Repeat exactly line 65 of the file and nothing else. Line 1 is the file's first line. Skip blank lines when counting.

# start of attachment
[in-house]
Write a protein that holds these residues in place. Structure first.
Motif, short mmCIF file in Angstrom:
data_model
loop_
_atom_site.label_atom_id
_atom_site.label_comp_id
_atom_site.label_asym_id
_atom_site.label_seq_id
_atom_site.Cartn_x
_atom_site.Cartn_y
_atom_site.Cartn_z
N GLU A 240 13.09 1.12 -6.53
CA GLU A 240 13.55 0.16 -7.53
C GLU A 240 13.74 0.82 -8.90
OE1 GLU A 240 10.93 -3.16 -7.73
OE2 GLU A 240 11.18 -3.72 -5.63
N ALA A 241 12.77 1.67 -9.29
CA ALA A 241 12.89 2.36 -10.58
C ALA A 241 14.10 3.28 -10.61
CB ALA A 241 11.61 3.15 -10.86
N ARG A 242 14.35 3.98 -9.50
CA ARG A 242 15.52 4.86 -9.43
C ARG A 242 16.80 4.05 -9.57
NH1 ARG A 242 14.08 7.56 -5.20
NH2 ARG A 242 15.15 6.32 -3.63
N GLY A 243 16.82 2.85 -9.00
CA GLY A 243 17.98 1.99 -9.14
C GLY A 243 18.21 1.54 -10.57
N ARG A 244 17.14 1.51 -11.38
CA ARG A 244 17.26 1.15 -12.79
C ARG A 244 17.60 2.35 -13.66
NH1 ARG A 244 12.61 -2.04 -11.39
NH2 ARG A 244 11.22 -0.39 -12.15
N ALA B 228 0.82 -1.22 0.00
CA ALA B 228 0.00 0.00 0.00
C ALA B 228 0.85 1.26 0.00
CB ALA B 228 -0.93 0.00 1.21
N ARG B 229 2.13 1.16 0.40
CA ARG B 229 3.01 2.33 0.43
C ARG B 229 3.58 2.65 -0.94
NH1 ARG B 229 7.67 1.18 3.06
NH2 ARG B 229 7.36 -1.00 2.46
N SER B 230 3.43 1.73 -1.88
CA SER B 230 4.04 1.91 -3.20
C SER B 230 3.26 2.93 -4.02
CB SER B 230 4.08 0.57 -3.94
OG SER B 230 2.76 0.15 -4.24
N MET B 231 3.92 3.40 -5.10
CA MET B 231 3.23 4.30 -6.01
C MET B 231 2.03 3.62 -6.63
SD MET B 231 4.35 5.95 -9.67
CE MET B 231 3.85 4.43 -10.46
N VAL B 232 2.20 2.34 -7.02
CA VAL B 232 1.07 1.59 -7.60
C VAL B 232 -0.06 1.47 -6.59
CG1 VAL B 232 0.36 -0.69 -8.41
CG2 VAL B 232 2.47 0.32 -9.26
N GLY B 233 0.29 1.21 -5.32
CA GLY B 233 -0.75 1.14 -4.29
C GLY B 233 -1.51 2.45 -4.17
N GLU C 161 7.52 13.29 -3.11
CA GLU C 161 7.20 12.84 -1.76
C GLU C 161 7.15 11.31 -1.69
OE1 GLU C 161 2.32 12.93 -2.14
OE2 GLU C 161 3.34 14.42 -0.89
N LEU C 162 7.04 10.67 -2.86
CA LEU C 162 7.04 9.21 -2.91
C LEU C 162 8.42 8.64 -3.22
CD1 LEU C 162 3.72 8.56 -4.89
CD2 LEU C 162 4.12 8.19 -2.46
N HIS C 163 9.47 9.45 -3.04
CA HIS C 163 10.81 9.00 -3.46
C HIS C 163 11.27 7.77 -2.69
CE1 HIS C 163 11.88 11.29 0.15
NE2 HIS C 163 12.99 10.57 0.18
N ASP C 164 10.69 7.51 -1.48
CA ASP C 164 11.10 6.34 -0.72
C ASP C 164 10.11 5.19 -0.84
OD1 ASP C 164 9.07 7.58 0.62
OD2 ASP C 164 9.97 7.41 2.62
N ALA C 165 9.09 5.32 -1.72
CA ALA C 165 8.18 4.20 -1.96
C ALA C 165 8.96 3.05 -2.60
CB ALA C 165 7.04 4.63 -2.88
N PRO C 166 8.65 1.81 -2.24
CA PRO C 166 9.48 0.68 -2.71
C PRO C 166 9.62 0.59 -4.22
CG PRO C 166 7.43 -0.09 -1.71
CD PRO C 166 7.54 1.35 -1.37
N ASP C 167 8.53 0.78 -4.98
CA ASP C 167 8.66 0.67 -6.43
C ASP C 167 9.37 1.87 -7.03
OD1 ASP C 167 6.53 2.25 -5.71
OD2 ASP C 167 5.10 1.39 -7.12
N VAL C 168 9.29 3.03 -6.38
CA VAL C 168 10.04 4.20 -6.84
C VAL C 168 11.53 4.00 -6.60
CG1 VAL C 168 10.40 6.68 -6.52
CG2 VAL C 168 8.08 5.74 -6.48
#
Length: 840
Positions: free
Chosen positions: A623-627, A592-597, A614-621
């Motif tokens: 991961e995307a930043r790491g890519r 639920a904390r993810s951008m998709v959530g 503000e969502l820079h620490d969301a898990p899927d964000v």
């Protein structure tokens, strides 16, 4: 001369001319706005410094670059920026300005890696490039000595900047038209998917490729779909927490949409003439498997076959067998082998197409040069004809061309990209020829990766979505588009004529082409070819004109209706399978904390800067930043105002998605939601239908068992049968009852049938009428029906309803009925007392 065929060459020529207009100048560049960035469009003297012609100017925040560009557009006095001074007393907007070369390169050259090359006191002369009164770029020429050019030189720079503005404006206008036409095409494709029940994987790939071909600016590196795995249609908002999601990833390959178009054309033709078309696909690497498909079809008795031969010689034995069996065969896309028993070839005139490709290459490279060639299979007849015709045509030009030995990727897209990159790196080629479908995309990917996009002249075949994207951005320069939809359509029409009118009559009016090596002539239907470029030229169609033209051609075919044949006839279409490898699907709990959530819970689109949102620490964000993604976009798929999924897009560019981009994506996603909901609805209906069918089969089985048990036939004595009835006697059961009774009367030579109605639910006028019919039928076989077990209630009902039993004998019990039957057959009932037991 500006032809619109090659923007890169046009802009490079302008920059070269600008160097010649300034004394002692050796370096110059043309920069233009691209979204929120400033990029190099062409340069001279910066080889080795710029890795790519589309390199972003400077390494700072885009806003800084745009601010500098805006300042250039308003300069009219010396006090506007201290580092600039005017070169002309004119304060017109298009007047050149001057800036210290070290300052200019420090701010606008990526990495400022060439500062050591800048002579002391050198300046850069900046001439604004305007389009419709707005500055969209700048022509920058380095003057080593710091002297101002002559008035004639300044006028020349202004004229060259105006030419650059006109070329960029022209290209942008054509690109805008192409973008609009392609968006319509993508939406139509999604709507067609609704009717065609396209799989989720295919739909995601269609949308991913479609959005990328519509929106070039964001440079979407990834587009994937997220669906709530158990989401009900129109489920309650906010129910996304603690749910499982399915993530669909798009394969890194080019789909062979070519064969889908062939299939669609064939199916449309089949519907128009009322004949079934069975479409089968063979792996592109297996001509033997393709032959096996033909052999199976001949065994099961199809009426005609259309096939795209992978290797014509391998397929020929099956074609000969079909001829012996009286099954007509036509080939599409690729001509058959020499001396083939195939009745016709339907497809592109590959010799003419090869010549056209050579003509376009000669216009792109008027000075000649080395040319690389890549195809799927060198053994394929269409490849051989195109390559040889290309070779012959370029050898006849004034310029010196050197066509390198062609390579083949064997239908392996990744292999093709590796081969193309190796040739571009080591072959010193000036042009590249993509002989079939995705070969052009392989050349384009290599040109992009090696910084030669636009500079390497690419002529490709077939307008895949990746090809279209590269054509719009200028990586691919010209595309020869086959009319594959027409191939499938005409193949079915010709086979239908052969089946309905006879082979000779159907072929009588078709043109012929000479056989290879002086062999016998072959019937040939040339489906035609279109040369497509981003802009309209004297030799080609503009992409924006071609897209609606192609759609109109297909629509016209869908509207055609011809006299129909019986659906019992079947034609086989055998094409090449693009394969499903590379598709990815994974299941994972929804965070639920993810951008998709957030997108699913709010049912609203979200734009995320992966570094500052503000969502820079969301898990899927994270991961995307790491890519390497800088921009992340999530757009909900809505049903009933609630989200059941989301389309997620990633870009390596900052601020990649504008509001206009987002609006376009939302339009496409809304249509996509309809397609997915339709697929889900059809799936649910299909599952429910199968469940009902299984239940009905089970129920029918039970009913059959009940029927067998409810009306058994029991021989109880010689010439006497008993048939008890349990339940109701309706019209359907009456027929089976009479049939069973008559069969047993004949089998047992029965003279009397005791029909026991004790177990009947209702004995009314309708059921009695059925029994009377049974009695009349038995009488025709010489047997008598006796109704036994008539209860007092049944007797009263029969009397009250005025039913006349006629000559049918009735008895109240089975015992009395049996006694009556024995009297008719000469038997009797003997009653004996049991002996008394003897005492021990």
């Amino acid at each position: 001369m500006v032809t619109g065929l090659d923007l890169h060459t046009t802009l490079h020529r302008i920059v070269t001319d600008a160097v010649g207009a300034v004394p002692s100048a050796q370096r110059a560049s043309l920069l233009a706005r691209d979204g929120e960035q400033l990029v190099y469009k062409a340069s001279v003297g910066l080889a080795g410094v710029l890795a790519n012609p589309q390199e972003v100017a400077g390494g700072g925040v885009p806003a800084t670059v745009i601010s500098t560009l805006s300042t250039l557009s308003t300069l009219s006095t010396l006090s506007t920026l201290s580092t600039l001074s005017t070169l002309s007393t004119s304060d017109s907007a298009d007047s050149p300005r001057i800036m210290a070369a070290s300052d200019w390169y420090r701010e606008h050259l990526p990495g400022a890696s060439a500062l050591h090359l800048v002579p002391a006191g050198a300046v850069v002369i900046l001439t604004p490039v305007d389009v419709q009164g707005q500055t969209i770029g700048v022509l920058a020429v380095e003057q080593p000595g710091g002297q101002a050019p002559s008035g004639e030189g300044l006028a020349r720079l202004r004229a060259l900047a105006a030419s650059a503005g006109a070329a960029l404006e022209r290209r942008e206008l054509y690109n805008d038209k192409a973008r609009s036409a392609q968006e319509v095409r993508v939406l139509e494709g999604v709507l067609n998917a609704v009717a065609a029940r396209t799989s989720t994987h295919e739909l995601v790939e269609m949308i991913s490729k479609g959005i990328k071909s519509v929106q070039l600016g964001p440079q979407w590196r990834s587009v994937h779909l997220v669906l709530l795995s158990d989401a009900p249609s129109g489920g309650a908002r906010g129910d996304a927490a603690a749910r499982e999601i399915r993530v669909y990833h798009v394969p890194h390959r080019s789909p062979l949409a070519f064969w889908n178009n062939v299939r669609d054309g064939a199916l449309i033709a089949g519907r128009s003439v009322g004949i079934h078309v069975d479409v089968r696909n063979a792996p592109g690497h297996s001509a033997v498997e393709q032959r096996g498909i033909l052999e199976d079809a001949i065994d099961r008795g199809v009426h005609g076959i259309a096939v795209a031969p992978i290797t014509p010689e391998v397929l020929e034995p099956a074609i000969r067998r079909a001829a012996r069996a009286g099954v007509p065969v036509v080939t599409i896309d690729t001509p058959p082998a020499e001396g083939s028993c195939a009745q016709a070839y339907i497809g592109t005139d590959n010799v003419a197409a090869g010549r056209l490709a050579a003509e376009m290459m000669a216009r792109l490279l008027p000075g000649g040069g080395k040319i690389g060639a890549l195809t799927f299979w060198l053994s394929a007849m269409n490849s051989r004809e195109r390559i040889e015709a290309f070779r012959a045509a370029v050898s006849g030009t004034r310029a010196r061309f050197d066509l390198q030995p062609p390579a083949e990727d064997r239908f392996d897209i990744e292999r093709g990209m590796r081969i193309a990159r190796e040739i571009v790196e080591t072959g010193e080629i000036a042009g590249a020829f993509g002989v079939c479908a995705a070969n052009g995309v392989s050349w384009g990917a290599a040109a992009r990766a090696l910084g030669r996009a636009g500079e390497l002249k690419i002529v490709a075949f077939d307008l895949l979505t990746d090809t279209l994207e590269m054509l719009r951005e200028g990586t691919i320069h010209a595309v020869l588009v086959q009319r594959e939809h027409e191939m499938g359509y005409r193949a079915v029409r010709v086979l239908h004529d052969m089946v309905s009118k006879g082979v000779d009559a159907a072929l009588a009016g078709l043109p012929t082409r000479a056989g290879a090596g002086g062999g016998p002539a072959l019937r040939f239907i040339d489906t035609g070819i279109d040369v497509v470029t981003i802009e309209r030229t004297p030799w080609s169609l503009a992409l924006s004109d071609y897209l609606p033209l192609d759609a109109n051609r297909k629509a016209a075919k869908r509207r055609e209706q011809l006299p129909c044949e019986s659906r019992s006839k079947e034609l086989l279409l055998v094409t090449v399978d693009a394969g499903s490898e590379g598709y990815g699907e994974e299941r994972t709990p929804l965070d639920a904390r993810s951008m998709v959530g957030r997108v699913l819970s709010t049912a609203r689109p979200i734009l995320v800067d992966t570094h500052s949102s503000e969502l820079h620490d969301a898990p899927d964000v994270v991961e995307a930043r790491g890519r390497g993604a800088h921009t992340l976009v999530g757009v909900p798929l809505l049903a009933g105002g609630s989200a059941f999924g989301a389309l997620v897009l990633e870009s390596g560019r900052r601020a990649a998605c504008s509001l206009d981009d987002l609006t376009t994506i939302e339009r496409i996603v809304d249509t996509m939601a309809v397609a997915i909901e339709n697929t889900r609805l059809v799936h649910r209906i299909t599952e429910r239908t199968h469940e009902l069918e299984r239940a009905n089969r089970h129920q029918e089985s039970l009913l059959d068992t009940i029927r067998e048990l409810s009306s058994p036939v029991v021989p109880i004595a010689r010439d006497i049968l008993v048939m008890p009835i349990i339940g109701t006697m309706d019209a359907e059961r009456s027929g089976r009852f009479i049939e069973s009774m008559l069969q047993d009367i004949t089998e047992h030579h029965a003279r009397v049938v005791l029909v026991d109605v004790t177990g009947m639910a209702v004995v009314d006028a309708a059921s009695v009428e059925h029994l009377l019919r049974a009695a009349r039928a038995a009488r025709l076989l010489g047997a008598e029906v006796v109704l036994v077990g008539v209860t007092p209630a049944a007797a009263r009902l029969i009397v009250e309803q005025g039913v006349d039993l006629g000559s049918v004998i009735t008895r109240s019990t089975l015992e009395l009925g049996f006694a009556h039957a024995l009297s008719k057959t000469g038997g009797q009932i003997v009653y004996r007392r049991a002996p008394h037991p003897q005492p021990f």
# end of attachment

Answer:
OE1 GLU C 161 2.32 12.93 -2.14